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Sue Satermo

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WHEN I was living at Zen Center in May of 1970 I was working in the front office one sunny day when Roshi happened to come walking by with his stick. He told me to quiet down. I was being rather loud and obnoxious. Then as I stood there feeling rather guilty and embarrassed, he pointed out the office window to a nice tree‑shrub and said, "There, now, didn't I do a nice job of trimming on that tree?" (He'd been pruning it all week.)

Then he stood facing the different arches of the Front Hall and Buddha Hall, using his stick to fan away the bad breezes and calming everything down. I guess it calmed me down a lot too.


Also, about this time, we were having a winter sesshin. I passed Suzuki Roshi on the stairs carrying his stick again! I was laughing and being silly. He said, "Are you going to sit the sesshin?" "Oh, yes," I said, very lightheartedly.

Shaking his stick at me, surprisingly, he said, "You better be good or I'll hit you with my stick!"


Another night about this same time a group of us were sitting in the front hallway passing a bottle of wine and singing folk songs. (We had only been in the building one month.) When who should appear in the front door but Roshi himself, just returning from an outing, dressed in his white silk neck scarf, tabis, and grey overcoat‑kimono, and accompanied by some sidekicks.

"Oh," he said, as he tripped through us. "I thought you were all a bunch of stones!" (As we all sat there feeling bewildered, guilty, and ashamed.)


When I first saw Suzuki Roshi I said, "I've got this problem. I don't understand marriage, sex, and love. I've been married three times and had six abortions. It seems like I could love anybody, or be married to anybody, yet I can't seem to stay married to anybody." He said, looking shocked. "Even me?!"


The first thing I asked Suzuki Roshi was: "Why are you a Zen master?" He answered nothing. Then, like a fool, I told him I was going to Japan. He, like a fool replied, "You must not." I, like a greater fool, inquired "Why?" He then replied, "Because you don't know who you are."

(which I had known all along. But to find someone else who knew it too has made all the difference)


So, like a fool I've stayed,

And like Little Bo‑Peep who lost her sheep,

Doesn't know where to find "it."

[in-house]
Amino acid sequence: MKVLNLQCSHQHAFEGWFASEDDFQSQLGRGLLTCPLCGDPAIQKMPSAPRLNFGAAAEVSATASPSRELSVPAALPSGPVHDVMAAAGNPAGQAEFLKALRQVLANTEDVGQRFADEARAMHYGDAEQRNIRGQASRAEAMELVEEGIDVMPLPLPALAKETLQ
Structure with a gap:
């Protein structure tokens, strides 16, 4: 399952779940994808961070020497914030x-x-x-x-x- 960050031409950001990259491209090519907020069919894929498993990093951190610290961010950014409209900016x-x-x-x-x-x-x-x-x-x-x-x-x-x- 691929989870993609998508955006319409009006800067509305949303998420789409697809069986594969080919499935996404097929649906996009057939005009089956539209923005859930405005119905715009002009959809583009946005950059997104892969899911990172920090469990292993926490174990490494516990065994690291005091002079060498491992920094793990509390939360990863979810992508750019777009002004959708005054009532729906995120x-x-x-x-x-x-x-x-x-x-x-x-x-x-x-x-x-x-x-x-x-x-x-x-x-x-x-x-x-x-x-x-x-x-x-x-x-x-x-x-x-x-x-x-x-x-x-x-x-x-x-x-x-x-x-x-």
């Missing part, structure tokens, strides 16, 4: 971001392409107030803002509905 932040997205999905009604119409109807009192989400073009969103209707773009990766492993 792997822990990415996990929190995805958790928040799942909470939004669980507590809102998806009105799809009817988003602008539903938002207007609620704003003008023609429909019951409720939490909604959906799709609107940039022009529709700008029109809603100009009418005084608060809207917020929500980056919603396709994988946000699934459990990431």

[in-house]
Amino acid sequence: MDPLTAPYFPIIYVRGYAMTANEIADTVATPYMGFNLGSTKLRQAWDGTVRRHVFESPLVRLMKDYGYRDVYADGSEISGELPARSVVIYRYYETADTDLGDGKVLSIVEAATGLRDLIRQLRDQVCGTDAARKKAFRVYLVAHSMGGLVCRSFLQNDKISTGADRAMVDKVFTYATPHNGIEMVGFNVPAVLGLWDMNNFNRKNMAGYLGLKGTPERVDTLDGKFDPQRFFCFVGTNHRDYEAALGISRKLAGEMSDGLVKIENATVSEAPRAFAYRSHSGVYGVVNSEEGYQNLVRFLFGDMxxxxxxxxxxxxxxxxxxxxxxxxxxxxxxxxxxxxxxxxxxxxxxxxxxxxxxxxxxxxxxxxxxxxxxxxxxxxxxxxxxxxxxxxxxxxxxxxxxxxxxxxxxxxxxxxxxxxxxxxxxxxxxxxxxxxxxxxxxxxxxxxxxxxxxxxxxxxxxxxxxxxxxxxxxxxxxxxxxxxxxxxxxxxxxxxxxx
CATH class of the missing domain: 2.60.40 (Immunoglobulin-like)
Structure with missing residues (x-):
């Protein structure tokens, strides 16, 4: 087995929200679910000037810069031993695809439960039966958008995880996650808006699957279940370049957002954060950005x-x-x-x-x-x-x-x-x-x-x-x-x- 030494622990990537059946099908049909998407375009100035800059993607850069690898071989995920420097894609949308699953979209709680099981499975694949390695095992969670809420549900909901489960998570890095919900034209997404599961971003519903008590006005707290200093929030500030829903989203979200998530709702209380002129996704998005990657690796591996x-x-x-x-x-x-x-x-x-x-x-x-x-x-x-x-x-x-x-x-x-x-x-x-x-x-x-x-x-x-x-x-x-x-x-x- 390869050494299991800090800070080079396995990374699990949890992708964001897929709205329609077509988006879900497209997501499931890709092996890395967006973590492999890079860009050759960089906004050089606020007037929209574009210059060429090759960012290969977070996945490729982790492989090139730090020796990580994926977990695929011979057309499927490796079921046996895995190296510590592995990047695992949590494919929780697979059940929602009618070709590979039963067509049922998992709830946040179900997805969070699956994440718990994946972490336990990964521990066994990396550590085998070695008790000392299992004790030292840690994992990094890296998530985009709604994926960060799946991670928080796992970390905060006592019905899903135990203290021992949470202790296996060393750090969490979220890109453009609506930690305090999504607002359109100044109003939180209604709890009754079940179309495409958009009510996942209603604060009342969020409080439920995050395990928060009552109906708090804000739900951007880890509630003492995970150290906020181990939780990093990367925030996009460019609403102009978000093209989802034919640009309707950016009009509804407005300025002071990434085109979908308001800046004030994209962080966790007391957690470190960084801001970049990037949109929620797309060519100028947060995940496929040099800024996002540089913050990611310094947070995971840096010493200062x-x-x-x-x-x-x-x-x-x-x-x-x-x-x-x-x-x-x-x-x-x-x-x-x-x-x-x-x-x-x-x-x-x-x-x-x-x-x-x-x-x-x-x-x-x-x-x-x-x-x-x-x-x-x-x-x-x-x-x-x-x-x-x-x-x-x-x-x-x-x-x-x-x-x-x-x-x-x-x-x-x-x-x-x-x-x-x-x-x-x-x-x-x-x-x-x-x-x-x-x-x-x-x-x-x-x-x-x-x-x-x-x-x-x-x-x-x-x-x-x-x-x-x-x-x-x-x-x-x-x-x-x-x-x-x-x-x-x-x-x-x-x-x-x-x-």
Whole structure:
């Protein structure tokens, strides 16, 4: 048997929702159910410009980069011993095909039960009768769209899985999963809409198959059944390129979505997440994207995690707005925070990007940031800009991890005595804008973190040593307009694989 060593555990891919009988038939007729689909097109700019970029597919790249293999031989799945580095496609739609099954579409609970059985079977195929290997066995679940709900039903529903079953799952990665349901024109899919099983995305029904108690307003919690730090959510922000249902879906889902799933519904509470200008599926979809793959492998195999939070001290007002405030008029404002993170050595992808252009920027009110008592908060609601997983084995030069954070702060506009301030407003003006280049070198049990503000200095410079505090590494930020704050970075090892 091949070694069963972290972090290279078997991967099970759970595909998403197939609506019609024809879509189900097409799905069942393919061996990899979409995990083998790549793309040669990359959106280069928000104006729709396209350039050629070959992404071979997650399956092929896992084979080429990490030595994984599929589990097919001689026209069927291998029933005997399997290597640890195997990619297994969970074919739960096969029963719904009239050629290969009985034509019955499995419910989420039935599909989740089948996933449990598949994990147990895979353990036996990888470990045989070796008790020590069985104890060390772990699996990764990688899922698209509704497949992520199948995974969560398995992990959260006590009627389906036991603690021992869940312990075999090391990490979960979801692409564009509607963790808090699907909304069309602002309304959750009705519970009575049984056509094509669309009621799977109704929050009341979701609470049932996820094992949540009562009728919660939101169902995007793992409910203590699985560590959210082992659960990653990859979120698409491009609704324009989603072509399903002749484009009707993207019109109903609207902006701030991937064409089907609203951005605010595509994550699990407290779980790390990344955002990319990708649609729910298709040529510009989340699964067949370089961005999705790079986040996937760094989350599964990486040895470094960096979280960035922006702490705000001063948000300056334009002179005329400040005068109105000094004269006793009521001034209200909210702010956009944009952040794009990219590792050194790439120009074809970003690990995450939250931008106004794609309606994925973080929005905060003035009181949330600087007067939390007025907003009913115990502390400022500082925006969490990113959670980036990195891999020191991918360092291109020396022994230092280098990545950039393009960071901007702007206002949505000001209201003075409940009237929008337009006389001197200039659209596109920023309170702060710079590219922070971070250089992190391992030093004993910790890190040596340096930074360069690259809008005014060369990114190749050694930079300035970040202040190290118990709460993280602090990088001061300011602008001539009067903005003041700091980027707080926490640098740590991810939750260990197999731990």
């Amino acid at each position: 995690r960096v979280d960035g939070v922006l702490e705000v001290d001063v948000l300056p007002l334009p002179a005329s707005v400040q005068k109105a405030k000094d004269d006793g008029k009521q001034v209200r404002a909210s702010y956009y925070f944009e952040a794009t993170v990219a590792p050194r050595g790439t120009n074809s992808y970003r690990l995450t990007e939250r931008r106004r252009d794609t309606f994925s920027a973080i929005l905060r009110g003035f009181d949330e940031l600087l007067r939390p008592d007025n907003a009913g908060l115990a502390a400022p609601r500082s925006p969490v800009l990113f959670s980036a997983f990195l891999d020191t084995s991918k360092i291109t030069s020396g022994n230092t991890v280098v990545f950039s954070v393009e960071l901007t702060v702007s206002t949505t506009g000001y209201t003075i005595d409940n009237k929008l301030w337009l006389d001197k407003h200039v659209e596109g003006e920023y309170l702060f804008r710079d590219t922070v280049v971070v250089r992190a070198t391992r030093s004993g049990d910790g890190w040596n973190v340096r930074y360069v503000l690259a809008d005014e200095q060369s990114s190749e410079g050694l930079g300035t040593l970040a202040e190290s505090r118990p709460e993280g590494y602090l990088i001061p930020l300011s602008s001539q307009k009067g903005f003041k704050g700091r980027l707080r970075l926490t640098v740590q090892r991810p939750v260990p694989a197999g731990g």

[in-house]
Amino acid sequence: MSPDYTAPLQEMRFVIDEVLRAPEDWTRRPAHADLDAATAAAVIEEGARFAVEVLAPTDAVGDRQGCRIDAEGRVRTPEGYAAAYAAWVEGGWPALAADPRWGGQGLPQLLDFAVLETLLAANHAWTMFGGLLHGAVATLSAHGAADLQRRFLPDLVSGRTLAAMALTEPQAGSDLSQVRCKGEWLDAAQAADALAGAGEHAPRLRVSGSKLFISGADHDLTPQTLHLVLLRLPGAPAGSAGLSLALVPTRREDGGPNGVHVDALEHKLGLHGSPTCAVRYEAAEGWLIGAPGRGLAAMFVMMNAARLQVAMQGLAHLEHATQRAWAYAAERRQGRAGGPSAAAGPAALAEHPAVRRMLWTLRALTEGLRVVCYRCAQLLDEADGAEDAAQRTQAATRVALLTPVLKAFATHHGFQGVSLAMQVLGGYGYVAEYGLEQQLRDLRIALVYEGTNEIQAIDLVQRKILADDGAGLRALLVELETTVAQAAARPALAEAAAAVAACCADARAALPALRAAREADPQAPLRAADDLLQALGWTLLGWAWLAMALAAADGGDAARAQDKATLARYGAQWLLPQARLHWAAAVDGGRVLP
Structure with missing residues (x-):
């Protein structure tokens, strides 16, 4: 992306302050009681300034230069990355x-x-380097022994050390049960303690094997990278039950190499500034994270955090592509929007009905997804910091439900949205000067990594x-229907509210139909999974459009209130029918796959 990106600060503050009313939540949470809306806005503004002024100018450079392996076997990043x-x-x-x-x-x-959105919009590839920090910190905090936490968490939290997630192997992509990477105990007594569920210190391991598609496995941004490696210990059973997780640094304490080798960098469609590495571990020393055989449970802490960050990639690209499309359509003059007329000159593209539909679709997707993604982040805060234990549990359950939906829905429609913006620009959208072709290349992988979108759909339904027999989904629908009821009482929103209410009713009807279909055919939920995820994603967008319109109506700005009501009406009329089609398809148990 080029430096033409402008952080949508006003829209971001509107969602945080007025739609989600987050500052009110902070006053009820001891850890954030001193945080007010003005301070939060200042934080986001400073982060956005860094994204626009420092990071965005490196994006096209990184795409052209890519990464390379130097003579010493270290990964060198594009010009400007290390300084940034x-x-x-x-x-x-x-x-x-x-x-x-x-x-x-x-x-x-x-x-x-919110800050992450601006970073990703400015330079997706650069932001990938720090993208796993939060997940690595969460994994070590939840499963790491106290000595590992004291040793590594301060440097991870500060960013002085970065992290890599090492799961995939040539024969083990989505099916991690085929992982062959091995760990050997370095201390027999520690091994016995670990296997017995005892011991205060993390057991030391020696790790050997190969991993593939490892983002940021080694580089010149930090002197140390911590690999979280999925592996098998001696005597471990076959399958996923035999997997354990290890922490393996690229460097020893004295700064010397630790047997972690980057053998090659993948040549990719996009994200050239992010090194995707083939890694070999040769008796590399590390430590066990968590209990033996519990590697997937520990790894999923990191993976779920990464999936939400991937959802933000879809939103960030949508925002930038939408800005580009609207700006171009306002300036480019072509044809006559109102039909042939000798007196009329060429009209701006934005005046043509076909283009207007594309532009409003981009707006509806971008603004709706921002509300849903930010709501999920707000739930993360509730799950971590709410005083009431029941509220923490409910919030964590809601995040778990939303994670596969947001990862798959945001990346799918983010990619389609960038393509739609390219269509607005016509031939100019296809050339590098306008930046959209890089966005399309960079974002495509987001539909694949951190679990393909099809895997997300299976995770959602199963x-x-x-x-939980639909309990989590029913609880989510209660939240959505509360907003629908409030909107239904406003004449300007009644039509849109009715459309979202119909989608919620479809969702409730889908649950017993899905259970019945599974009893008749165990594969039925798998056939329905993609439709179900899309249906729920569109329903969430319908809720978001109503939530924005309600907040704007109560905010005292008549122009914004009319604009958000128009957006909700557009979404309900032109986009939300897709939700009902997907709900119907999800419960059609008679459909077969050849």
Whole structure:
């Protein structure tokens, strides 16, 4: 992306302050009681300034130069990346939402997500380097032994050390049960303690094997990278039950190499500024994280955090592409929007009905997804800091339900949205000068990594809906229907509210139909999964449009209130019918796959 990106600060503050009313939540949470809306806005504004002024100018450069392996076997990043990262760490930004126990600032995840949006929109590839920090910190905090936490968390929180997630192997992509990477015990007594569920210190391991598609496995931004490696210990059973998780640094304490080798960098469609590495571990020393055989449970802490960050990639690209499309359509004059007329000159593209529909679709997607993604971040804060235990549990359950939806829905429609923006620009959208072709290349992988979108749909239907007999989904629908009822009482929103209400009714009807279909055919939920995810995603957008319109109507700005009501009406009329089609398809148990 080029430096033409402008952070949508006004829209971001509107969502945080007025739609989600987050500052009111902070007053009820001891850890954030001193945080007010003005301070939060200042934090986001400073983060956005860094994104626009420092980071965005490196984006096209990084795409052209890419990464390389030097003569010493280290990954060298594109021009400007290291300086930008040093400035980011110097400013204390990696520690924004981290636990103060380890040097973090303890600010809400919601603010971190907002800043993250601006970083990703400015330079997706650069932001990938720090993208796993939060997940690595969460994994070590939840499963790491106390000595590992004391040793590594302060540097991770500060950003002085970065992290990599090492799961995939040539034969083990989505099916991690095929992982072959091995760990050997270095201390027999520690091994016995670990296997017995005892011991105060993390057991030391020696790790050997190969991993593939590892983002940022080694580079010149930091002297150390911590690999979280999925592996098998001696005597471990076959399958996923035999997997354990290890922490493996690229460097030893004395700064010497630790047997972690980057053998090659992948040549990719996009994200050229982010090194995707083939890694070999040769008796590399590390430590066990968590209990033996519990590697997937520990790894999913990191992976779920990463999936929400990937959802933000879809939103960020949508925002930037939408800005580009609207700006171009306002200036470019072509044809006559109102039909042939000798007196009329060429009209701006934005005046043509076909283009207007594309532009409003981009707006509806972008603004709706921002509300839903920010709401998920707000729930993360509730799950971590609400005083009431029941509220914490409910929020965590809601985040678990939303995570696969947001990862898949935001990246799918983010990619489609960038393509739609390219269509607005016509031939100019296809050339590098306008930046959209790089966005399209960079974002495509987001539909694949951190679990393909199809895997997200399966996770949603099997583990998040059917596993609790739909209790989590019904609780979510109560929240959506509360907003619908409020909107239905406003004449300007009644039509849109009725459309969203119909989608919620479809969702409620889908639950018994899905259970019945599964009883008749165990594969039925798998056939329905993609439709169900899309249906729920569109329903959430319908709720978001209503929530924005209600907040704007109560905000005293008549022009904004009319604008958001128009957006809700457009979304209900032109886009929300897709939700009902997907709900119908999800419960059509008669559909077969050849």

But "it" comes home,

DULY aware

Wagging "its" tail behind "it."


About this time I saw Roshi again and told him people said I was asking to see him "too much". He said, "I don't know what the people are saying. I just see the people who come."


Also about this time I tried knocking on Roshi's door without an appointment because I thought it was an emergency. Okusan (Mrs. Suzuki) answered the door and said you want to see the roshi. "Now?" "Yes," I said. And she told him and he saw me even though he had to put on his robes and get all ready at an unexpected hour. What a bad student I was. And what a nice teacher he was. I told him I thought I should visit my father because he had had a heart attack. "Yes," he said, "tell him he's just getting old and sick ‑‑ like me!" Of course I did, which got me in a lot of trouble of course.

IV. Either missing or she missnumbered


Recently I had a dream in which I was "being turned over" to "Bluegrass Bill."

The Press was there. Spotlights.

It started out in a hotel in Stockholm where Steve Weintraub was looking for his zoris. I was supposed to be helping him because I had been living in this hotel since leaving Zen Center.

But soon the scene switched to the outside night under a Van Gogh black leafless tree with the spotlight moon behind where Baker Roshi was in deep conversation with "Bluegrass Bill" who wore black glasses and a white suit.

Baker Roshi was more interested in "Bluegrass Bill" than the fact that I was "being turned over" to him!

I was very put out, what with the press being there 'n all.

Next day I turned on the radio and Bill Monroe was singing away. Shur 'nuf. Bluegrass Bill.

But in the dream it was obvious to me Bluegrass Bill was an inferior teacher. So why was I being turned over to him?

But then why were these two teachers so interested in each other?

Not a very deep story.

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There's a lot of old material that's as good as new if you haven't read it. -DC

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